Discreet Harvest



Introduction and interview by Ulisses Carrilho
Photograph by Hick Duarte, Victor Nomoto and Victor Takayama
Saturday, May 9 - 2015

There's a brutal truth in the subtle fact that our eyes cannot comprehend each and every action around us. Even if we do not see it, we still have to look at it. This harsh inability to grasp what is in front of us every time we encounter the development of the photosynthesis process that makes bean seeds grow green and tall in Rubiane Maia’s performance. The naked eye surely cannot see it at the first glance. Our naked eyes put us on common ground at Terra Comunal -MAI with an action that lasts eight hours a day for two entire months. An “indoor garden” isn’t just an indoor area when it's inside an exhibition space, it’s a laboratory.

There is a deep appreciation of process when Maia speaks. Returning, planting seeds, watering them, preparing the earth. Sleeping, resting, breathing. The seeds' growth is as imperceptible as some of our body's vital functions, especially in her own body, which appears exposed in the space. Maia presents The Garden [O Jardim] as part of MAI Presents, a program in which eight Brazilian performance artists show works curated by Marina Abramovic, Paula Garcia, and Lynsey Peisinger. Here, Maia explores her performance The Garden with writer and curator Ulisses Carrilho:

In your work, there's an appreciation for the process, rather than control of the outcome. How important is the formal result in your work?

Yes, my greatest appreciation is always for the process. In this work specifically, the formal outcome occurs in the encounter between two distinct areas: first the conceptual proposal and aesthetics, which combine the idea of creating, in a single place, a laboratory for 'indoor' cultivation and a bean garden planted in soil. And there’s the second area, which comes from the daily process, in which I come across errors, attempts, and experiences that happen between me and this place, between me and the plants, between me and my surroundings. These two axes establish a dialogue at all times, sometimes getting along well, other times generating friction. The initial design of the garden was constructed remotely as soon as I started research on how to plant indoors. As I have no experience with planting, I had to find out what the beans' would need inside an enclosed space, which wasn’t exactly suitable for their development. Then these clues gained momentum with the choice of space where the work would be performed, in the “Living Area” of he SESC, on concrete slabs. And today after almost two months, I have no doubt that this was the best choice for a location. I believe the formal result is as important as a result of all of these aspects combined, and because of the prevailing factors at the site. There's a flow of visitors who come to this area everyday, not to see the exhibition, they are there to read, play chess, study etc. In a way, as much as my performance may cause an initial defamiliarization with its strong intervention in the architectural space, my routine has been close to these people during the whole time. And with that, we began to share a moment living in silence. Of course, if the beans hadn't developed well under all these conditions, the performance would continue, but the result would've been quite different.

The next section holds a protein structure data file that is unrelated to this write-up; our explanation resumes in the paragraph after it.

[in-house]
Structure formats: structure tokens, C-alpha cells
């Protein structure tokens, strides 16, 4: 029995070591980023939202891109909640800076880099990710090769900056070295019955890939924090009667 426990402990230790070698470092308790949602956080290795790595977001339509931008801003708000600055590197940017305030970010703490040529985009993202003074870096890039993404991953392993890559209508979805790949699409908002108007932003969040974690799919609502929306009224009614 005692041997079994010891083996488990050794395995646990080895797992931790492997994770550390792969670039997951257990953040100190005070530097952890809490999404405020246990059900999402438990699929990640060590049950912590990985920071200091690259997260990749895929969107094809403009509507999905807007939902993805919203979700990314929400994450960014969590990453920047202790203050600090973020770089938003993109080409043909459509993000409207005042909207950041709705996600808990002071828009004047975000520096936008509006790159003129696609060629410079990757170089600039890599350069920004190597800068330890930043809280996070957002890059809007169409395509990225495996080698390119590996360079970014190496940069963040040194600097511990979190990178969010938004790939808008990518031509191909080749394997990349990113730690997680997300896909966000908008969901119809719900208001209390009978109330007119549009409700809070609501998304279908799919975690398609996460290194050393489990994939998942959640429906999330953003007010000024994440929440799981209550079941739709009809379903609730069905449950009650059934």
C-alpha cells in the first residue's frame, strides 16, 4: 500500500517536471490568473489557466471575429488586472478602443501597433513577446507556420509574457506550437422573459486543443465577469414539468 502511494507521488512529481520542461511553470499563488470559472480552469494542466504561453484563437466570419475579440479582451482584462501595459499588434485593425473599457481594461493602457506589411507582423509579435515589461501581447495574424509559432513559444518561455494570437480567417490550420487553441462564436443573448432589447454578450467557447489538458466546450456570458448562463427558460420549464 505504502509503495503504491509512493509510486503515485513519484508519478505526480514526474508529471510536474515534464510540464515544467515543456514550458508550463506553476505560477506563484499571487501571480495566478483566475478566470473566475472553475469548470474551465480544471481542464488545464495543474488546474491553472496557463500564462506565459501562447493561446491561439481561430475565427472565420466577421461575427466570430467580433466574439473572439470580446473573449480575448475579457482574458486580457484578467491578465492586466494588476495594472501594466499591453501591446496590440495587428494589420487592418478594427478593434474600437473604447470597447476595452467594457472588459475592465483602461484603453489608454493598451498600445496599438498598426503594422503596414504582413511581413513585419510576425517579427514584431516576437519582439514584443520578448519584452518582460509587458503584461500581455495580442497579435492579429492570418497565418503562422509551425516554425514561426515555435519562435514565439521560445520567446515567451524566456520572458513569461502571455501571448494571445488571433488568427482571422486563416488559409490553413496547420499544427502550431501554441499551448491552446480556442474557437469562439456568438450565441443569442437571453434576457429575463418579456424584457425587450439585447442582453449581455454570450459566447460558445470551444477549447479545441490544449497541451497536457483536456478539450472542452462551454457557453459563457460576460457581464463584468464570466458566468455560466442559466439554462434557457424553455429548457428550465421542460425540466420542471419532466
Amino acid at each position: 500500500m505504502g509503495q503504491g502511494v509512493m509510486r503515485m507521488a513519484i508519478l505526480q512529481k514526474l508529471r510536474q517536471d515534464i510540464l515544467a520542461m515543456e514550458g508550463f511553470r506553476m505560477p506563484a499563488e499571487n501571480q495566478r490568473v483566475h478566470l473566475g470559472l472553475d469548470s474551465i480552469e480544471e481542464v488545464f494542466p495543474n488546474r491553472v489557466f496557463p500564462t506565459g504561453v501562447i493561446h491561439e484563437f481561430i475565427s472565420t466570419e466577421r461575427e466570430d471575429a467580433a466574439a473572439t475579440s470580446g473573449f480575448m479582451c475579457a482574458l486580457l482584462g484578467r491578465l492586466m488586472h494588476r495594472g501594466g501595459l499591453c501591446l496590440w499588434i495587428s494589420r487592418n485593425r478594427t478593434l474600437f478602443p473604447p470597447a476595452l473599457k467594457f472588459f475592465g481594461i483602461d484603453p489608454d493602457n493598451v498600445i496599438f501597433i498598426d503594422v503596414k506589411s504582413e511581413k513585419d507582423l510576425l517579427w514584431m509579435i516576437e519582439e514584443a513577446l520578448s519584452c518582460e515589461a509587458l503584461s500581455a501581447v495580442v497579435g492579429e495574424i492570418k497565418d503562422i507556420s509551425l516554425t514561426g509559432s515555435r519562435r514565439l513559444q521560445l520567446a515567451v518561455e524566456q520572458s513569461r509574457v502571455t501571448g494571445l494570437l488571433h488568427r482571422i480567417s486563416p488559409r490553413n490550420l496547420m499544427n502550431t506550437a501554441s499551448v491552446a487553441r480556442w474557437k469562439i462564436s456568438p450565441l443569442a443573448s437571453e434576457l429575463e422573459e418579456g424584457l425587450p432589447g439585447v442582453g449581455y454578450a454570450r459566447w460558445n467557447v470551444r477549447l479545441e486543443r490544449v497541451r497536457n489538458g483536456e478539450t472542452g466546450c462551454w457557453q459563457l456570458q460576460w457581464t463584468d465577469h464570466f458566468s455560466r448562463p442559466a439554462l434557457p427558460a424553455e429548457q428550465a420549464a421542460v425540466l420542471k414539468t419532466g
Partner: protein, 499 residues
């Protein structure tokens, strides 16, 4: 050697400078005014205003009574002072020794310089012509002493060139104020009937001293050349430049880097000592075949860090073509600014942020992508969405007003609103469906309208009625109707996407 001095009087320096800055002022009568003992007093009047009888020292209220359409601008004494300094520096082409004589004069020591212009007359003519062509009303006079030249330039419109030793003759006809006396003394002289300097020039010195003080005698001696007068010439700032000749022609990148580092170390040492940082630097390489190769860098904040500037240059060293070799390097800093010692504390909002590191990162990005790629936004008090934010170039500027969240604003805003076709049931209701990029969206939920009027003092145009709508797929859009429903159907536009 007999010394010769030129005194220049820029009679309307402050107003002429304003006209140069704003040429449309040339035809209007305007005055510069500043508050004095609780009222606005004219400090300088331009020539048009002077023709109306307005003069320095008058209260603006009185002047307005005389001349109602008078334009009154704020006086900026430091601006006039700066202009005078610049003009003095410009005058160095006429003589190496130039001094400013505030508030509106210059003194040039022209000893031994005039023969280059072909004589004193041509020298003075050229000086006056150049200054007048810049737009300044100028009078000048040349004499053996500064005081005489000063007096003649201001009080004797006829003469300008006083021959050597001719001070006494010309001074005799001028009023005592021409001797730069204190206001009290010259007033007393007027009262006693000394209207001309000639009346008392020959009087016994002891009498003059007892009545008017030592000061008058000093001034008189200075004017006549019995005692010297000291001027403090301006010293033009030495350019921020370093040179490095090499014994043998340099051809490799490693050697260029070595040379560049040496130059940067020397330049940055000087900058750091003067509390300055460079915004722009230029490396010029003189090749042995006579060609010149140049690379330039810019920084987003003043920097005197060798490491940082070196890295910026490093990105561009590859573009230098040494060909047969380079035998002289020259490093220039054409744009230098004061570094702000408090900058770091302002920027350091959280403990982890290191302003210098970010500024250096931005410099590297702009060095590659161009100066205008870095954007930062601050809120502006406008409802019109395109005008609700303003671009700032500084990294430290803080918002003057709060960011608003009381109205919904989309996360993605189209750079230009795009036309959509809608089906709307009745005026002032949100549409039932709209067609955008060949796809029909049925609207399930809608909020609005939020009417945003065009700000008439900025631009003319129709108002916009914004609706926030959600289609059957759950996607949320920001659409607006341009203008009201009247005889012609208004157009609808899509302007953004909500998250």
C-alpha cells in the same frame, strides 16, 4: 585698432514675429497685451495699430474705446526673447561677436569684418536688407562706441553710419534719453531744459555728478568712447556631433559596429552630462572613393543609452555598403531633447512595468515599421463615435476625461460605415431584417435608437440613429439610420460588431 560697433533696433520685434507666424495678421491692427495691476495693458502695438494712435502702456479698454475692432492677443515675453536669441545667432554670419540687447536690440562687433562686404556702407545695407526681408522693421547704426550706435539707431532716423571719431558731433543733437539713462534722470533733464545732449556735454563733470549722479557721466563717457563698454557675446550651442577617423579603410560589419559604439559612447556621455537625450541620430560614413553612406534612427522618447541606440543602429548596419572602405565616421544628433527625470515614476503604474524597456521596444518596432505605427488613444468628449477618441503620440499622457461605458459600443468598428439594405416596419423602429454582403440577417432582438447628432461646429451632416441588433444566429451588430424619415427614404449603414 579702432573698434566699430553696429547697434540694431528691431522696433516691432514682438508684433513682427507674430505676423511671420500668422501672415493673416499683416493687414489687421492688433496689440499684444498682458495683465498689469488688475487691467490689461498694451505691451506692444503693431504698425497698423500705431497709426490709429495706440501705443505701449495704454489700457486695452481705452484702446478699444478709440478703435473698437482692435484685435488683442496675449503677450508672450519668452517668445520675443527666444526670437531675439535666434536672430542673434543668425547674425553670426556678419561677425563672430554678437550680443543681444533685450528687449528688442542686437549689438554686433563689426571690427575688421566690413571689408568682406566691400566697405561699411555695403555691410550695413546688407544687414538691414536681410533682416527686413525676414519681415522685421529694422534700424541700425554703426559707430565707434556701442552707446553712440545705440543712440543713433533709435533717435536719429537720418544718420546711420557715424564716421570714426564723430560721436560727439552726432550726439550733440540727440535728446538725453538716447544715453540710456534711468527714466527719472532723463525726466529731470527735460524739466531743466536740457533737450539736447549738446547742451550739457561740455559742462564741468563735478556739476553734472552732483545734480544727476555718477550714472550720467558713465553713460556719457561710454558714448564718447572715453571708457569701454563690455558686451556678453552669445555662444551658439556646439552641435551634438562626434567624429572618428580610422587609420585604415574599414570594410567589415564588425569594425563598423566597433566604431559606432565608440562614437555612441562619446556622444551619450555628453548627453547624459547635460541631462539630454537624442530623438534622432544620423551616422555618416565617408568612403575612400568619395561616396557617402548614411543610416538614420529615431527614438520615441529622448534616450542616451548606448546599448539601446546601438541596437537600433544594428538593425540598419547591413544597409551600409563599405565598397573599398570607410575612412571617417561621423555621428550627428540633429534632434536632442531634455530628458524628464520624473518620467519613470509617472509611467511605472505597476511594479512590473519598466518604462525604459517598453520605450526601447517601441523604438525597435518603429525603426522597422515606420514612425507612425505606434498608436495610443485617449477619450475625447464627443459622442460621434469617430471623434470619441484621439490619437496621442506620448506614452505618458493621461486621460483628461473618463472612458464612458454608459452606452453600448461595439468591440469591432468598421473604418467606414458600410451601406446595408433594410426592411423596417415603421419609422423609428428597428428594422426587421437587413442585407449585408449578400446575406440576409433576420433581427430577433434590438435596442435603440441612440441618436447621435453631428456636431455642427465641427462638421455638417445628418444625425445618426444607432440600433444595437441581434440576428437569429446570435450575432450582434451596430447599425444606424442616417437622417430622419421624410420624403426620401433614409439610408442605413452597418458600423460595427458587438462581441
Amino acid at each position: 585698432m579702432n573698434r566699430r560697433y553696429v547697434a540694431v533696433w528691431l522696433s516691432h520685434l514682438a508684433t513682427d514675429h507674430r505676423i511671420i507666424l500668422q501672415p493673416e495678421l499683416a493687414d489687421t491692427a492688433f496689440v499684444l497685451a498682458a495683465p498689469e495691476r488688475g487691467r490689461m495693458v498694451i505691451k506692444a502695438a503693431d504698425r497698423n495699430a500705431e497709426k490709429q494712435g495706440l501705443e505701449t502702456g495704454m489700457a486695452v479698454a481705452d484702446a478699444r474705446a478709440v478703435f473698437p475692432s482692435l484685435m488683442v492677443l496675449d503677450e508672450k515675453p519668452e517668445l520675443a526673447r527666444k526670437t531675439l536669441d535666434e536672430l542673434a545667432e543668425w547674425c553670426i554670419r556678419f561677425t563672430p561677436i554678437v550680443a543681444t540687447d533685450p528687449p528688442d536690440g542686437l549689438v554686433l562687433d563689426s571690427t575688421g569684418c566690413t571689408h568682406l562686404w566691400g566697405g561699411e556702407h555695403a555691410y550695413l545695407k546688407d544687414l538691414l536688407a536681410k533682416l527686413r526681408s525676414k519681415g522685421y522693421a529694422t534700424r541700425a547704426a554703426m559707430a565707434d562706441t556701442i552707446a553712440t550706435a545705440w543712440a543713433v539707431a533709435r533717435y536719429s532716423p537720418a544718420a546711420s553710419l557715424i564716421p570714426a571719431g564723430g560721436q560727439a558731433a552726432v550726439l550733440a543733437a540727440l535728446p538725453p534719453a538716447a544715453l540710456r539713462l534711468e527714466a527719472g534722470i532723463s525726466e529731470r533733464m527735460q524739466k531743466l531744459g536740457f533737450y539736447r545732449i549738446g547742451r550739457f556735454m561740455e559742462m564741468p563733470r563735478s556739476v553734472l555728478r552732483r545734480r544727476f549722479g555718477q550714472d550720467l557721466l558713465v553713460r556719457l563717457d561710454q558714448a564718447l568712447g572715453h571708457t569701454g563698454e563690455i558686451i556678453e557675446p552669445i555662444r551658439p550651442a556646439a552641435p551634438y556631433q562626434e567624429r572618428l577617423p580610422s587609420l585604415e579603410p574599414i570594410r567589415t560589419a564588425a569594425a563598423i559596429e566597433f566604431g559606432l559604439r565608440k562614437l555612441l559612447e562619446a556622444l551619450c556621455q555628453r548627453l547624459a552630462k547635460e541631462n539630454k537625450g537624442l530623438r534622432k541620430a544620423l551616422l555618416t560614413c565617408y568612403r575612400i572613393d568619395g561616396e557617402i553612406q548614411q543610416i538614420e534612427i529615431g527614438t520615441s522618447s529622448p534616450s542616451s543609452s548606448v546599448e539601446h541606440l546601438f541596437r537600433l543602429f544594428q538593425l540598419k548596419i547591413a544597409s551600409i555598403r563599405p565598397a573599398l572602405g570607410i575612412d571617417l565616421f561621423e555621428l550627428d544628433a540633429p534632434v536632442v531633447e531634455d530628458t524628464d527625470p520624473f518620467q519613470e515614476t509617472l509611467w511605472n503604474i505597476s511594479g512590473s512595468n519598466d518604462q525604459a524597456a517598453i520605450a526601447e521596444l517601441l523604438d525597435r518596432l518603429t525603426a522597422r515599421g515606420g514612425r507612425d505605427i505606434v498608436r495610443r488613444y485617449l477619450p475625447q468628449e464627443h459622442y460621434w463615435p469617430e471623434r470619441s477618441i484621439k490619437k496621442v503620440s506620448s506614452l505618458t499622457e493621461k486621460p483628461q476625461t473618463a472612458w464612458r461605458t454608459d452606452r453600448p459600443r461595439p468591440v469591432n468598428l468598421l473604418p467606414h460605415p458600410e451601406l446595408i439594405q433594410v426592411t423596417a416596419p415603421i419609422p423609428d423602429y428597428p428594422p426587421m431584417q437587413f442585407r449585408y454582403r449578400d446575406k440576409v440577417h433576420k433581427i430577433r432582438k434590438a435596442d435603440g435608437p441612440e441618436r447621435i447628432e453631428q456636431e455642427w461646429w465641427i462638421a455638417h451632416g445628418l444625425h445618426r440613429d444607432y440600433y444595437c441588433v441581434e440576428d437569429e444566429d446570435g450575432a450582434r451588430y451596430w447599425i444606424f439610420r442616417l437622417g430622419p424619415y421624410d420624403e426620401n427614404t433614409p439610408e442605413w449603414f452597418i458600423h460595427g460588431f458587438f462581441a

Surrendering to natural conditions isn't a common practice for artists. What is the place of control and what is the place where you lack control in your production?

I'll answer that question, but I’d rather change the term "lack of control" by non-control. I think of my practice, not just in this work, and control is the starting point: when I have to get a suitcase and pack all I'll need, what I consider really important for what I intend to do. Hence, I have to establish, at least minimally, what the performance will be like, and then create the rules, in addition to consciously getting rid of anything that isn’t vital to the work. I always end up creating a mental picture of the process, it has a beginning but it doesn't usually have a premeditated end. I study a lot, but I rarely test anything. During the performance, this suitcase is already prepared. I then surrender to this scheme of conditions, in which I use the instruments I carry, but am susceptible to all the things that I don't know. There's that initial control, which does appear often, but it's actually quite small in the midst of a multitude of affections or effects, that is, everything that overflows, that isn't the case, and that doesn't necessarily depend on me. I like the idea of allowing myself to be taken by the force of an action, for a state that is beyond concentration, altering consciousness, creating a kind of trance. The name isn’t so important, but to me, that's the scope of non-control, which escapes any pre-existing calculation. When it comes to this key point, the findings appear, because that's where we start to operate in a way that is beyond usual standards, fears, and expectations.

When planting seeds, you expect them to grow. Did you cherish expectations about the response to your work from the public?